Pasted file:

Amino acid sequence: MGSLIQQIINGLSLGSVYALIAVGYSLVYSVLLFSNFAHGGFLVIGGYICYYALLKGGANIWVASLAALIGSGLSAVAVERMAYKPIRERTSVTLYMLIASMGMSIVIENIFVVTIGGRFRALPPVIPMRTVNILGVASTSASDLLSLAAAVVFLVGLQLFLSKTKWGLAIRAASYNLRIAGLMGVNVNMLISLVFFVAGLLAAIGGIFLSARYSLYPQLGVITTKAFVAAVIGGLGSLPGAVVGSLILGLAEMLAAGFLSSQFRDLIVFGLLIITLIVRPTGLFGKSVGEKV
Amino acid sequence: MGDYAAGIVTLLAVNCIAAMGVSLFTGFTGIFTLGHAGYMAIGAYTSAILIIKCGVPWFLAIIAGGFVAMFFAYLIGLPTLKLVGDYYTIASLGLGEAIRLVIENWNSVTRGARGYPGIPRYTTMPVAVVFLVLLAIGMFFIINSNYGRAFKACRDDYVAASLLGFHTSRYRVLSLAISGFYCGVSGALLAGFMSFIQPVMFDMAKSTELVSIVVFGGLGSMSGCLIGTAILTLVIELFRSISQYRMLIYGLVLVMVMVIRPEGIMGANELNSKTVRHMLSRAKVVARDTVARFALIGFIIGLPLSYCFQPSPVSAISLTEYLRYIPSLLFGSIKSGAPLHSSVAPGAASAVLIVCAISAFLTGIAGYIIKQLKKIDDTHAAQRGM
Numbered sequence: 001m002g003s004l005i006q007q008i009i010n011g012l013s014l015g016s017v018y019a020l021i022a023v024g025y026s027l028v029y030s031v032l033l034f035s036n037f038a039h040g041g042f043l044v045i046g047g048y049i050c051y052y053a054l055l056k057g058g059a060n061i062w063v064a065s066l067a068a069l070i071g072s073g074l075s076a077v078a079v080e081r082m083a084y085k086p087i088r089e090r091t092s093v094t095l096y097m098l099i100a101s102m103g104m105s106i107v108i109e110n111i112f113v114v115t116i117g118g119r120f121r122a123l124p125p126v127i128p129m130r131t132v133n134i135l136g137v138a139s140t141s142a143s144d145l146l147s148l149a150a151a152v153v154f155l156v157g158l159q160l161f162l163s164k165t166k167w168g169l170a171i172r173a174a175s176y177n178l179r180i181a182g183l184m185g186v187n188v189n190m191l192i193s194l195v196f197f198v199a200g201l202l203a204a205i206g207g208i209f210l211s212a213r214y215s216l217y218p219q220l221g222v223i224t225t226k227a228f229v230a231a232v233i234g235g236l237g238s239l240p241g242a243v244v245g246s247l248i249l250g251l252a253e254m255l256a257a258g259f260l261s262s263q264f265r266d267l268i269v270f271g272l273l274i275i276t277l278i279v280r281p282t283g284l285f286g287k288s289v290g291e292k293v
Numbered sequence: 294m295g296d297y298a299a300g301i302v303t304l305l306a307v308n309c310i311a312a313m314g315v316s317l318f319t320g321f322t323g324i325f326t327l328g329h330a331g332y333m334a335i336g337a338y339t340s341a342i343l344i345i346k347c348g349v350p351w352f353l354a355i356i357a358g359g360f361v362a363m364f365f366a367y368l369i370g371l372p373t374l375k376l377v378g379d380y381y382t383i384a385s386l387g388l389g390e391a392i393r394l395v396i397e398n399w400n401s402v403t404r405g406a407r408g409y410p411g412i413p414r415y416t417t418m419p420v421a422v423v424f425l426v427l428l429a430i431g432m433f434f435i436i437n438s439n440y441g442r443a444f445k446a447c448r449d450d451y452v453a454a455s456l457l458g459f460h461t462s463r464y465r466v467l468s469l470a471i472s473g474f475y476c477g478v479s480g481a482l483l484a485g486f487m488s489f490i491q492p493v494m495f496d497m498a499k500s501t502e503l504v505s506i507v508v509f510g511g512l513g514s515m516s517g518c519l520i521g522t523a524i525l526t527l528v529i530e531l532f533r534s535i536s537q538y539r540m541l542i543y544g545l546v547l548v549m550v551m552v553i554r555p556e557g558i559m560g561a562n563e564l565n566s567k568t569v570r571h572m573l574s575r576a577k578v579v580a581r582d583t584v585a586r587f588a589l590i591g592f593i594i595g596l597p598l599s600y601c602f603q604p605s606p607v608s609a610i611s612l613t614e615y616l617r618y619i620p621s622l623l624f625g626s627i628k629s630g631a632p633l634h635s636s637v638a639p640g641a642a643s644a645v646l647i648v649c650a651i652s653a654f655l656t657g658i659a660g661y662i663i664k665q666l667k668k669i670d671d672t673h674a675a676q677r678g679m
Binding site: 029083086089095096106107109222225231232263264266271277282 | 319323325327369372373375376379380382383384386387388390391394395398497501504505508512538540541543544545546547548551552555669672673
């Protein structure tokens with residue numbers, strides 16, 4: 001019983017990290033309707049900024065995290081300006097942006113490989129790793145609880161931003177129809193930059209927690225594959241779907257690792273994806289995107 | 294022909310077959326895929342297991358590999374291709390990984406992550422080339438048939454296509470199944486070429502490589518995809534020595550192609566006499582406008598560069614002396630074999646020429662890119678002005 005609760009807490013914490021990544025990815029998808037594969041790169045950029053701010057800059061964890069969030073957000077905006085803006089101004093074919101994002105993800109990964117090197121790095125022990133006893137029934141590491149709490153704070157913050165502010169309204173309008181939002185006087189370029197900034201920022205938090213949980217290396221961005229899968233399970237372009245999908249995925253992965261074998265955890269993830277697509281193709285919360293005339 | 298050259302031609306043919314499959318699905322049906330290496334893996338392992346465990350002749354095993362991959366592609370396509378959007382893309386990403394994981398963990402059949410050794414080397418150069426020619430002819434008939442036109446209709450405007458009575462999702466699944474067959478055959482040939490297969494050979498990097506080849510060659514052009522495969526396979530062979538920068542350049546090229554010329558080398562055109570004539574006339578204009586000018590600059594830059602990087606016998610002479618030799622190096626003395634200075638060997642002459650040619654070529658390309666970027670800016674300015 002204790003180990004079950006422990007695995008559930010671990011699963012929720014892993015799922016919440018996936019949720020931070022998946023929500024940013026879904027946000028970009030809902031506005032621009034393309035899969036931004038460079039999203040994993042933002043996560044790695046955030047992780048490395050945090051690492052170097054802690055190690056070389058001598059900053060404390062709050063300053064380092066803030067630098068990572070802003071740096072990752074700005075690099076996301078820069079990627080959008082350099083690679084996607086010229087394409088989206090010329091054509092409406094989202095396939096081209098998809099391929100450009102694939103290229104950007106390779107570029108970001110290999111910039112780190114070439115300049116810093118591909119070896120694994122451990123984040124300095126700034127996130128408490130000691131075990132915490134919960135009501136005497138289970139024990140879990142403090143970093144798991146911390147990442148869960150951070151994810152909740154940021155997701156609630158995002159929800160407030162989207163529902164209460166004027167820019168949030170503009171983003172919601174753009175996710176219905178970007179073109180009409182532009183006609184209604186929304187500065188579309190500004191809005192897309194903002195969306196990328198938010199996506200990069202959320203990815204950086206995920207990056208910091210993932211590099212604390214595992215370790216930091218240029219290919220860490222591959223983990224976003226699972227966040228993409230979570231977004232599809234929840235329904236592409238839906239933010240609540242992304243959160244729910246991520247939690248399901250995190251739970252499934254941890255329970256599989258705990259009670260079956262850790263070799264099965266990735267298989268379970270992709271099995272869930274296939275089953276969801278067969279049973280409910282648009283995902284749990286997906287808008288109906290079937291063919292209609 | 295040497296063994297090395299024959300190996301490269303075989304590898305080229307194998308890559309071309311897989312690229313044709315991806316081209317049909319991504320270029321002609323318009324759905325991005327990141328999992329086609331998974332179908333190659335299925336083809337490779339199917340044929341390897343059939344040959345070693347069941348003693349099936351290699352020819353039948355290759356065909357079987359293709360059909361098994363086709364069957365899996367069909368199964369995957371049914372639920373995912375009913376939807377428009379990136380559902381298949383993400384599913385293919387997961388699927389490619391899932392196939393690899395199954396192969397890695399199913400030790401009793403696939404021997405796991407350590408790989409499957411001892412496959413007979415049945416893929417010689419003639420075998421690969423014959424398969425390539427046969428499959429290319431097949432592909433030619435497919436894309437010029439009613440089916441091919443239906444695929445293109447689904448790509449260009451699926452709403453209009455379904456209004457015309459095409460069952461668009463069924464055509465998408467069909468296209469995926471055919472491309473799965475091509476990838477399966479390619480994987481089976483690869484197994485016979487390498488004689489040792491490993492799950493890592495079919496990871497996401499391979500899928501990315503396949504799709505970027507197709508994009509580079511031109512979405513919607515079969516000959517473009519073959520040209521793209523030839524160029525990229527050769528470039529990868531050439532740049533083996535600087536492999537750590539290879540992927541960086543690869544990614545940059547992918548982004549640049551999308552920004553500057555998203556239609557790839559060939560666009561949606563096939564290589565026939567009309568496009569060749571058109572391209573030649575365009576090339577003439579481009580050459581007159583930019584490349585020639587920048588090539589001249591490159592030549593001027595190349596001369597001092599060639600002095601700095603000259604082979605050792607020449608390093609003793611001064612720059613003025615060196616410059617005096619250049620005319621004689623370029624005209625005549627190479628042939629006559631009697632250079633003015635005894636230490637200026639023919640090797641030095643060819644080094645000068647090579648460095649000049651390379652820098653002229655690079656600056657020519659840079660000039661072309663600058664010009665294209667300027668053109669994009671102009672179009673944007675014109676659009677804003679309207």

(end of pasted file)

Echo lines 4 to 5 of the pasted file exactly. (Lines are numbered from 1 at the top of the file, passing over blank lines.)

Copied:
Numbered sequence: 294m295g296d297y298a299a300g301i302v303t304l305l306a307v308n309c310i311a312a313m314g315v316s317l318f319t320g321f322t323g324i325f326t327l328g329h330a331g332y333m334a335i336g337a338y339t340s341a342i343l344i345i346k347c348g349v350p351w352f353l354a355i356i357a358g359g360f361v362a363m364f365f366a367y368l369i370g371l372p373t374l375k376l377v378g379d380y381y382t383i384a385s386l387g388l389g390e391a392i393r394l395v396i397e398n399w400n401s402v403t404r405g406a407r408g409y410p411g412i413p414r415y416t417t418m419p420v421a422v423v424f425l426v427l428l429a430i431g432m433f434f435i436i437n438s439n440y441g442r443a444f445k446a447c448r449d450d451y452v453a454a455s456l457l458g459f460h461t462s463r464y465r466v467l468s469l470a471i472s473g474f475y476c477g478v479s480g481a482l483l484a485g486f487m488s489f490i491q492p493v494m495f496d497m498a499k500s501t502e503l504v505s506i507v508v509f510g511g512l513g514s515m516s517g518c519l520i521g522t523a524i525l526t527l528v529i530e531l532f533r534s535i536s537q538y539r540m541l542i543y544g545l546v547l548v549m550v551m552v553i554r555p556e557g558i559m560g561a562n563e564l565n566s567k568t569v570r571h572m573l574s575r576a577k578v579v580a581r582d583t584v585a586r587f588a589l590i591g592f593i594i595g596l597p598l599s600y601c602f603q604p605s606p607v608s609a610i611s612l613t614e615y616l617r618y619i620p621s622l623l624f625g626s627i628k629s630g631a632p633l634h635s636s637v638a639p640g641a642a643s644a645v646l647i648v649c650a651i652s653a654f655l656t657g658i659a660g661y662i663i664k665q666l667k668k669i670d671d672t673h674a675a676q677r678g679m
Binding site: 029083086089095096106107109222225231232263264266271277282 | 319323325327369372373375376379380382383384386387388390391394395398497501504505508512538540541543544545546547548551552555669672673